The MS in communication disorders is a full time, 20-month residential program that prepares students to become certified speech-language pathologists. The master's degree program trains students to evaluate and treat clients in nine disorder classification areas. The first three semesters focus on developing knowledge and skills across the lifespan. The final two semesters allow students to focus their interests in specialty areas and acquire clinical skills in external clinical placements.
- 52 credit hours and a written comprehensive exam, or
52 credit hours, a thesis and a written comprehensive exam**
- Required core classes (32 credits)
- Electives (6 thesis credits or 6 course credits without a thesis)
- Research (1)*
- Clinical practicum (6)
- Internship (8)
- Culminating experience: a non-thesis option of a written comprehensive exam OR a thesis for 6 credit hours with oral defense and a written comprehensive exam
- Students in the thesis option take 6 credit hours of thesis coursework. Students in the non-thesis option take 6 credit hours of elective coursework.
*One credit hour of SHS 500 Research Methods is required.
**Both the thesis and non-thesis options require the American Speech-Language-Hearing Association Praxis national exam in Speech-Language Pathology. This is the comprehensive exam for the thesis option. For the non-thesis option, a department-administered comprehensive examination in speech-language pathology is required along with the national exam to fulfill the requirements of the comprehensive exam.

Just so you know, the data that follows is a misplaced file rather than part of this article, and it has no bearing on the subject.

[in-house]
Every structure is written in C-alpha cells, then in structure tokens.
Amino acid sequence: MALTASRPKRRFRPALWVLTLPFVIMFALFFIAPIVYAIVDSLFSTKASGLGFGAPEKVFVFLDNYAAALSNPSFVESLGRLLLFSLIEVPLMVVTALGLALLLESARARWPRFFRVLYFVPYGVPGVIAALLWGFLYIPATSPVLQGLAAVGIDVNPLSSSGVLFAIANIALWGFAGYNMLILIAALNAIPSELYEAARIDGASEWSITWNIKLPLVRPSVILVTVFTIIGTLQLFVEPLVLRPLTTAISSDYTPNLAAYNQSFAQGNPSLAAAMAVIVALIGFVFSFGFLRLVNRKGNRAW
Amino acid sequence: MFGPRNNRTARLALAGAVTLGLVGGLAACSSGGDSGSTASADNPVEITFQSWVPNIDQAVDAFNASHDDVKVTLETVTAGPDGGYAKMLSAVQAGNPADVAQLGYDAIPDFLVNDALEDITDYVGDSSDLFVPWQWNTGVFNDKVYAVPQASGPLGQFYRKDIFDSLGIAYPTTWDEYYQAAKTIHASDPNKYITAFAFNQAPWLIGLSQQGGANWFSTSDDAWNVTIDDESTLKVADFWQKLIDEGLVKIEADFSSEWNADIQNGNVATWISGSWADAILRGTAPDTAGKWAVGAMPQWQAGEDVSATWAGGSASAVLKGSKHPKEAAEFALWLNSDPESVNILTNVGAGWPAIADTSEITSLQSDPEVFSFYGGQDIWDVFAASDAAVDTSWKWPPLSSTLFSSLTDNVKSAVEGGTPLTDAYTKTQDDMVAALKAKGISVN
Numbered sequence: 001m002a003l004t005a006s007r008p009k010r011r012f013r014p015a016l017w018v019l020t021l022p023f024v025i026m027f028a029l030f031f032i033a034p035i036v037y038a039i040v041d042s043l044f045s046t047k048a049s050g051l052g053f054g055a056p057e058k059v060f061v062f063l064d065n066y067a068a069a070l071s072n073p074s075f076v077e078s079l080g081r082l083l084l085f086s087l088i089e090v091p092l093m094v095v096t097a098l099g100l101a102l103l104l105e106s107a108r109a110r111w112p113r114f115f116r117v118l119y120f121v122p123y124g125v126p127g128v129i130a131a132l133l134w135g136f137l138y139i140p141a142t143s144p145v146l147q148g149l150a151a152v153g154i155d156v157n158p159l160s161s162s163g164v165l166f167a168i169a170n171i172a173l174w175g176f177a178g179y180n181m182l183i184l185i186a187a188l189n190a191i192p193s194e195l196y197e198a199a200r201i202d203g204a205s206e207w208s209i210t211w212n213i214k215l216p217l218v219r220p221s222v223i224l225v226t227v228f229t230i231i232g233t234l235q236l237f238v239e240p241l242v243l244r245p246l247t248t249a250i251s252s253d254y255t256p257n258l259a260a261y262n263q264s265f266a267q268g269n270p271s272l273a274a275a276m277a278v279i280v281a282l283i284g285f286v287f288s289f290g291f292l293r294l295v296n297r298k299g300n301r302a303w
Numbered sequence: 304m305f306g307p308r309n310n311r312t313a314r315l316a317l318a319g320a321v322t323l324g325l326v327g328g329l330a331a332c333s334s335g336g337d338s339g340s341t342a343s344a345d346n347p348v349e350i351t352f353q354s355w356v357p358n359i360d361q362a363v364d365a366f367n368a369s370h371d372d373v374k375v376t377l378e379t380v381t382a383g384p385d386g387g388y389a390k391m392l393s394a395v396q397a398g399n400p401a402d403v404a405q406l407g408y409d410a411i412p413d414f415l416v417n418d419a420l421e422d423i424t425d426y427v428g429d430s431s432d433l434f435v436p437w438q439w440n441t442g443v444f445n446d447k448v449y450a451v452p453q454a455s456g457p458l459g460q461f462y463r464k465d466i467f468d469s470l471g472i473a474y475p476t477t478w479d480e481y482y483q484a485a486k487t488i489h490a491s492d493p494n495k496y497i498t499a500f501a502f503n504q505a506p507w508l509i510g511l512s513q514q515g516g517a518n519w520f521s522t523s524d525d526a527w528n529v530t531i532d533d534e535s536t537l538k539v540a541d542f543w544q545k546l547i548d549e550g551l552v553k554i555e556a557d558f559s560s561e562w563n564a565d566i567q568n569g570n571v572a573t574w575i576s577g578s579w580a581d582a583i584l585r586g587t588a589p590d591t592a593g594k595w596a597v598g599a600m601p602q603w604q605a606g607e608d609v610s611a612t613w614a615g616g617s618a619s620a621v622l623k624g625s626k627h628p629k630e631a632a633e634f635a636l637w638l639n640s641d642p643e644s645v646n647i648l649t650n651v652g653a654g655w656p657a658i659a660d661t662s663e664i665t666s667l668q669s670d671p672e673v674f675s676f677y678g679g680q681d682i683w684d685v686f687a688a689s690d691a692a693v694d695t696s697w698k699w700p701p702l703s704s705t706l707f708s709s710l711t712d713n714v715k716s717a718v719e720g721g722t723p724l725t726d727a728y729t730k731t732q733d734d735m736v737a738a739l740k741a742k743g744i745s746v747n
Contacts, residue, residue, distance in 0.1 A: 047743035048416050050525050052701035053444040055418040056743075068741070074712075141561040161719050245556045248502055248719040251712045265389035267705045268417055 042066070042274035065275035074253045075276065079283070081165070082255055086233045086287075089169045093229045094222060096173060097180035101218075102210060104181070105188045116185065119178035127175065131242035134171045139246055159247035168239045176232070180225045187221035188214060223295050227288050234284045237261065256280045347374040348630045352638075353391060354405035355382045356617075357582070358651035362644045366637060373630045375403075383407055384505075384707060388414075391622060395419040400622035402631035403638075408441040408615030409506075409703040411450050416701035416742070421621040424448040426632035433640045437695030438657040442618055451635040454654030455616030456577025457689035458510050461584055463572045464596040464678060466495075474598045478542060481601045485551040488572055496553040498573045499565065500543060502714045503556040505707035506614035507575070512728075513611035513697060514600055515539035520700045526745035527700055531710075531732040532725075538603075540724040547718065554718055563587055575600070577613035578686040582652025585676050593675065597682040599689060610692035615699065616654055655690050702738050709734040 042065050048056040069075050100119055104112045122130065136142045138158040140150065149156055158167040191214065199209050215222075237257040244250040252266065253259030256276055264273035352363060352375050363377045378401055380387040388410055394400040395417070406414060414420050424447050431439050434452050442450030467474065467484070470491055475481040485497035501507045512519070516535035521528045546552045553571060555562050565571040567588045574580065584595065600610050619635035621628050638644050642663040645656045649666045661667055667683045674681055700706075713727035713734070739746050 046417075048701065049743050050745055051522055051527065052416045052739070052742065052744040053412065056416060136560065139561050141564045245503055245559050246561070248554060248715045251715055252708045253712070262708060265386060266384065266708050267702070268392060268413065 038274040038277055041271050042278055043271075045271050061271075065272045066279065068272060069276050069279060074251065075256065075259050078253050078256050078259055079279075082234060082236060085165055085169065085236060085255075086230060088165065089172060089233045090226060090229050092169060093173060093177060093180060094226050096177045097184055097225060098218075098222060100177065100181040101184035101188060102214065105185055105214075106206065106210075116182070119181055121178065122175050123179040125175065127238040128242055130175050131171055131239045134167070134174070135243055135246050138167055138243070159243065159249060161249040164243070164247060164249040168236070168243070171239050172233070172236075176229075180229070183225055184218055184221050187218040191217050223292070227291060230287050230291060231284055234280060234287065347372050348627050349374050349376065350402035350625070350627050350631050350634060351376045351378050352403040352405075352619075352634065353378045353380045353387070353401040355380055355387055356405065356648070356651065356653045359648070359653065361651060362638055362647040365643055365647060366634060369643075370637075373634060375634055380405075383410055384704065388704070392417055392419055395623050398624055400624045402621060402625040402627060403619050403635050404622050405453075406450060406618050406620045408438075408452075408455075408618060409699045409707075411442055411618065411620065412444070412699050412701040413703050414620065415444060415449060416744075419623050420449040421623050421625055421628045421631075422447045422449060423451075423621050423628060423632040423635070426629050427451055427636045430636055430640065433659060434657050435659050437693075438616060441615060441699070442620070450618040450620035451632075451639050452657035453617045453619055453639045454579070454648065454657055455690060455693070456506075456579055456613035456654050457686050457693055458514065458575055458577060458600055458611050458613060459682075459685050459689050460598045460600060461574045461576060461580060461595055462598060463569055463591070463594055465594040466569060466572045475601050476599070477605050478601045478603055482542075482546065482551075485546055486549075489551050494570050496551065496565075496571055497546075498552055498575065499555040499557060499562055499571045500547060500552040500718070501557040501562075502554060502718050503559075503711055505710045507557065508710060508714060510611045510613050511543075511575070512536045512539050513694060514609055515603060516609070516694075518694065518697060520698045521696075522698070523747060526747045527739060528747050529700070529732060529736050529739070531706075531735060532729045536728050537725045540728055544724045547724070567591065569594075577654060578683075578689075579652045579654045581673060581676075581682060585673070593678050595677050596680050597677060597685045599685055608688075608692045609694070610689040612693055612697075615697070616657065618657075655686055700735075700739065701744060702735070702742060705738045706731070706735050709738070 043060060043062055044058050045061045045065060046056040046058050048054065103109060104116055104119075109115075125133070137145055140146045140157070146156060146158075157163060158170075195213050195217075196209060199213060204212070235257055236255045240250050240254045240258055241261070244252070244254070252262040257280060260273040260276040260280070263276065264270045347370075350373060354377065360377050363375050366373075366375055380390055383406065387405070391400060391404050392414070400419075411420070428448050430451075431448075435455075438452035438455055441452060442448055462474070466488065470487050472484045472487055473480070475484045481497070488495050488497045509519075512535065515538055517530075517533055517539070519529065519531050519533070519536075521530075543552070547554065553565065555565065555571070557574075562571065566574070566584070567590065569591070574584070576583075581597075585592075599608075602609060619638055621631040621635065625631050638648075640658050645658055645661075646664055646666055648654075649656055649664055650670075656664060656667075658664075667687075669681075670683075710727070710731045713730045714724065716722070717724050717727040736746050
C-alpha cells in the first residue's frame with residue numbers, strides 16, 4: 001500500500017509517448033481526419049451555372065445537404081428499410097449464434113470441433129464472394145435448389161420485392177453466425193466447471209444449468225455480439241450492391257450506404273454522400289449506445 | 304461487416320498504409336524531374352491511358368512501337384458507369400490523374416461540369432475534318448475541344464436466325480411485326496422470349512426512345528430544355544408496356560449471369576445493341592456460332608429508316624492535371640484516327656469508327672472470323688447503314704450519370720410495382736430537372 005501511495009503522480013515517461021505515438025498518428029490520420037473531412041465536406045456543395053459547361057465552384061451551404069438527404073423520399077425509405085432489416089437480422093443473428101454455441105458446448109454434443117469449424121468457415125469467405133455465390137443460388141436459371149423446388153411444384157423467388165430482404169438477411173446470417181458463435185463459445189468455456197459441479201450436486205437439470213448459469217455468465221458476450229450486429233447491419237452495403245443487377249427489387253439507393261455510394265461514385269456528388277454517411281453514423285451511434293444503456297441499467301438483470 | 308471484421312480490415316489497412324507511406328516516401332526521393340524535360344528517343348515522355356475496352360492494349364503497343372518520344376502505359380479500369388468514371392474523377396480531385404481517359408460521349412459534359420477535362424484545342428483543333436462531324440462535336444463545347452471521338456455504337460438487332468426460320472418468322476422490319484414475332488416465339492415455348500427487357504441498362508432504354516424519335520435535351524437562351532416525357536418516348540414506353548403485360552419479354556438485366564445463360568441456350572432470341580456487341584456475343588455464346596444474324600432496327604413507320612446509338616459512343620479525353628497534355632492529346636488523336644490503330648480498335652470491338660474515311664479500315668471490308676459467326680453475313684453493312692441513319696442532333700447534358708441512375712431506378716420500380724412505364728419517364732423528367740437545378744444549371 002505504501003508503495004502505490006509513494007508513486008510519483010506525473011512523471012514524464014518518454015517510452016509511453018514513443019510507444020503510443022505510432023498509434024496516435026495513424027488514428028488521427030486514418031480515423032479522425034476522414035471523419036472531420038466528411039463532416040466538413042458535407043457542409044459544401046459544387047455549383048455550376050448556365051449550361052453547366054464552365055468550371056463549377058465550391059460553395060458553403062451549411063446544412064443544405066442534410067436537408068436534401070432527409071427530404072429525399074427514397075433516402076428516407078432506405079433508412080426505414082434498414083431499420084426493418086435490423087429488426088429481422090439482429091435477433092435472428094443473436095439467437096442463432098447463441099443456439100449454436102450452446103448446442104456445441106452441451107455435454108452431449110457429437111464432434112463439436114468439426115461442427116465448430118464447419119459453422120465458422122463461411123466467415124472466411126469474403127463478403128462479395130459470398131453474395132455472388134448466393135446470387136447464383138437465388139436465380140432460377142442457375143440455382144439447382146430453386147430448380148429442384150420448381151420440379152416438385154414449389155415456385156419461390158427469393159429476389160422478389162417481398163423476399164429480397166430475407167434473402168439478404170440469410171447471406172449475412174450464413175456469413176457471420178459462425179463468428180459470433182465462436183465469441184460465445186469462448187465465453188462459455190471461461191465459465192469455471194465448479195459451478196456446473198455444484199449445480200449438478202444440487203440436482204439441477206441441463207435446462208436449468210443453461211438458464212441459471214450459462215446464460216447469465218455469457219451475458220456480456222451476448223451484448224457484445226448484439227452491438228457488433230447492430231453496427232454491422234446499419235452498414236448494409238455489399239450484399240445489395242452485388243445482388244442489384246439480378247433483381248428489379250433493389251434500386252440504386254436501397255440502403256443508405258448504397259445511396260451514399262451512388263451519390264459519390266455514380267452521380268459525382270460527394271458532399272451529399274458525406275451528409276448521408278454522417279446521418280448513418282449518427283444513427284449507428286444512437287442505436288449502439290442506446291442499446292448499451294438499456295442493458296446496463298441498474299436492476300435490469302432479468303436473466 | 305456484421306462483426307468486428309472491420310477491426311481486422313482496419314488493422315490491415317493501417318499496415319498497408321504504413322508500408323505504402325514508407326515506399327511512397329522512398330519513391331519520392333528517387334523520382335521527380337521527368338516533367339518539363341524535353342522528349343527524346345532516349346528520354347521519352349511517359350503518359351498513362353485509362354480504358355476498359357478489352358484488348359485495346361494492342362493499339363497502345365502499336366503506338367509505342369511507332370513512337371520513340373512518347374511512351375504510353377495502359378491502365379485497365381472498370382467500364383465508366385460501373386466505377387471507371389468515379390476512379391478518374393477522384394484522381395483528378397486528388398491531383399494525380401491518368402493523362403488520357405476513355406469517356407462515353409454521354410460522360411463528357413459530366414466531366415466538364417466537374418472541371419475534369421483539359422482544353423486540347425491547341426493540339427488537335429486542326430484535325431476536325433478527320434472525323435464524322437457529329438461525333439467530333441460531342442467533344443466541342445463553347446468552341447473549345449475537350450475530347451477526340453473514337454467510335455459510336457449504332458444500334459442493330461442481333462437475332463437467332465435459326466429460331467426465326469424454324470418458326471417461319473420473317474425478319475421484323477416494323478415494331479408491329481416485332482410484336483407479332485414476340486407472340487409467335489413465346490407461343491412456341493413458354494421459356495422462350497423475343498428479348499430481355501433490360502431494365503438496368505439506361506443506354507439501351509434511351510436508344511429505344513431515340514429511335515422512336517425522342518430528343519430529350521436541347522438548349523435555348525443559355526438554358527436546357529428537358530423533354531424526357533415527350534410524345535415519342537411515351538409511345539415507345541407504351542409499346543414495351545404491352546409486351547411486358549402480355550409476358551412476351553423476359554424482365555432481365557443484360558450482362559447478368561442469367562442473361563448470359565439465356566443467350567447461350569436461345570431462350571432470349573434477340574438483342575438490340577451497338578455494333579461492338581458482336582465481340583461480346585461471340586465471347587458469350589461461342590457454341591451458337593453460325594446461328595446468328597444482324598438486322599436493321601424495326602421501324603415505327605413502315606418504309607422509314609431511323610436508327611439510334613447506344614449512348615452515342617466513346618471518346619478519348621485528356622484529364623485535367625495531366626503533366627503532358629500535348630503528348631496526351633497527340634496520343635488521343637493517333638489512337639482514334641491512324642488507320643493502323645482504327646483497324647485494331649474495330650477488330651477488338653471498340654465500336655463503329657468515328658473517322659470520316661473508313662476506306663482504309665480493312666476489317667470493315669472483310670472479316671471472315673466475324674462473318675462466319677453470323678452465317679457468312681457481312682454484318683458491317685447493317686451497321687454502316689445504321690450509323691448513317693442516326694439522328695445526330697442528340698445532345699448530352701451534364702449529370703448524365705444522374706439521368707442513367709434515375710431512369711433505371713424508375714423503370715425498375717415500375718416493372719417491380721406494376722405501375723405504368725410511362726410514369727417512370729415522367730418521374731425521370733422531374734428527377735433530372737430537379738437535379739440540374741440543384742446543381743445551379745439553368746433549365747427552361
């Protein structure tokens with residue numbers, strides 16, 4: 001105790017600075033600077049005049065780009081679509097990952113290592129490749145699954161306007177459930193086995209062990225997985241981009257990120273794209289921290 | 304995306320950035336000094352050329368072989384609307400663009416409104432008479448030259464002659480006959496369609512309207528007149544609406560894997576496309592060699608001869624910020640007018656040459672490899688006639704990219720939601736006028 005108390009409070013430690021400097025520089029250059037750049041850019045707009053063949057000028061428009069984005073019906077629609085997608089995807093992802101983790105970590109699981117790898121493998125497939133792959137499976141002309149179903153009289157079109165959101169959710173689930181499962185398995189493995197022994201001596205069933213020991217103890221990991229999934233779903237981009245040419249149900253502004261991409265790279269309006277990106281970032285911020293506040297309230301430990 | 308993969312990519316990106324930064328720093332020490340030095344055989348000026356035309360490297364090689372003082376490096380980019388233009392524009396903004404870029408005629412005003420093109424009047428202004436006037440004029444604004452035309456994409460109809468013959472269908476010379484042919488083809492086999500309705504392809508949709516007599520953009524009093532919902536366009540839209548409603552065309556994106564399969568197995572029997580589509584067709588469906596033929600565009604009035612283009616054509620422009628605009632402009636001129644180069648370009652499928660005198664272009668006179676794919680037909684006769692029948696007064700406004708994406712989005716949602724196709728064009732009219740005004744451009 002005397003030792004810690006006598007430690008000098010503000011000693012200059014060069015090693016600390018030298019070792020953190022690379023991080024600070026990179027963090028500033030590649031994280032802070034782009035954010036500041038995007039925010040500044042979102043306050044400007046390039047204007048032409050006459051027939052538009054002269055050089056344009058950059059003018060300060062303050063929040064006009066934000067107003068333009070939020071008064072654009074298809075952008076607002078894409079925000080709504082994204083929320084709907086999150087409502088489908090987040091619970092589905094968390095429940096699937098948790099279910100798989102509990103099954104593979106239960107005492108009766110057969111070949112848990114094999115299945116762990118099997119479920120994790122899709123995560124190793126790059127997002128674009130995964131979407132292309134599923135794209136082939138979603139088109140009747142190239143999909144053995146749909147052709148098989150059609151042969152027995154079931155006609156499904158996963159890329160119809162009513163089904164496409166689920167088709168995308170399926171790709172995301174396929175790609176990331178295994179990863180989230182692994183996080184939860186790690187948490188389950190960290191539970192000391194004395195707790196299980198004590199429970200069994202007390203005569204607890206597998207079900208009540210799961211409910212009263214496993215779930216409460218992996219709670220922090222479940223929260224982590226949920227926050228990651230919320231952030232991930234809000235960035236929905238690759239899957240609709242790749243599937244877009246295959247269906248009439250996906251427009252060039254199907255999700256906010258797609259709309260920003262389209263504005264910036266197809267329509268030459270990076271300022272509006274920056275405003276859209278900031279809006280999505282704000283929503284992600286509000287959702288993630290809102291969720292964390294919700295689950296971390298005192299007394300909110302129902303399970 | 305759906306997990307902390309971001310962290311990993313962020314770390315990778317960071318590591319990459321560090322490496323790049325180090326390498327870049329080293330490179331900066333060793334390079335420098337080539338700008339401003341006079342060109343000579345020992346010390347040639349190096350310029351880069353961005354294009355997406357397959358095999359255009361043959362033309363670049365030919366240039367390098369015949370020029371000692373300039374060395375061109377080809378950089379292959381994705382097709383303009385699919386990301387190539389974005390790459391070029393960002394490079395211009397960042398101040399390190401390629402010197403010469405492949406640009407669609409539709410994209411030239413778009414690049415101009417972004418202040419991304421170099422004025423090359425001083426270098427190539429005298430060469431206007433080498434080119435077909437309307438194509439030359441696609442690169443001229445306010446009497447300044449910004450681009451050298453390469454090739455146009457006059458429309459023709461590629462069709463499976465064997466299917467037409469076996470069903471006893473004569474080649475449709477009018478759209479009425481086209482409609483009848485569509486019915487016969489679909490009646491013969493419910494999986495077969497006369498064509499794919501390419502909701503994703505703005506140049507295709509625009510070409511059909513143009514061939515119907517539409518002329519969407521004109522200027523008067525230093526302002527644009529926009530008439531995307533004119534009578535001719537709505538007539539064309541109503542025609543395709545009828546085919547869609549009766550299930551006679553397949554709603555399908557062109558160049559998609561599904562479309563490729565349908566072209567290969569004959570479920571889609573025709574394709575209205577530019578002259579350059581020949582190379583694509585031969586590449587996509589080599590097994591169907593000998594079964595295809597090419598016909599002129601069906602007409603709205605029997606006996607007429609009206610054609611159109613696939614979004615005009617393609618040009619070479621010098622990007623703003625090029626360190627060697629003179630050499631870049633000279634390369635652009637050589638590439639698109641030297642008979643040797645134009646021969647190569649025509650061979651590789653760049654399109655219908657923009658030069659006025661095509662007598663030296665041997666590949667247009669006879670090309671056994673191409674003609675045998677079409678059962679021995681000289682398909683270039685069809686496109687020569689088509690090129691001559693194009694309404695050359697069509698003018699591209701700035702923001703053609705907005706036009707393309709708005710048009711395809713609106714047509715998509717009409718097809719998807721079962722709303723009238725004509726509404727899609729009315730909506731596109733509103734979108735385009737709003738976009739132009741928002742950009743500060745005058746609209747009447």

The program has a sequence of required classes to ensure that all students receive classwork related to knowledge and skills required for clinical certification. The first year is comprised of required core courses and all the students take the same scope and sequence of courses. Student may not wave any of the core courses in year one because these courses are designed to develop new learning skills, problem-solving skills, integration skills and clinical skills that are paired with the background course. Additional required classes during the second year are currently being approved by the graduate college.
First Year Core Classes
- SHS 567: Neural Bases of Communication Disorders
Neuroscience and its application to matters of normal and disordered communication.
- SHS 572: Language Assessment and Intervention in Infants and Toddlers
Focuses on the birth to 3-year-old population who are at risk for or who have communication and language disabilities.
- SHS 585: Articulation and Phonology: Assessment and Intervention
Assessment and treatment of developmental articulation and phonological disorders.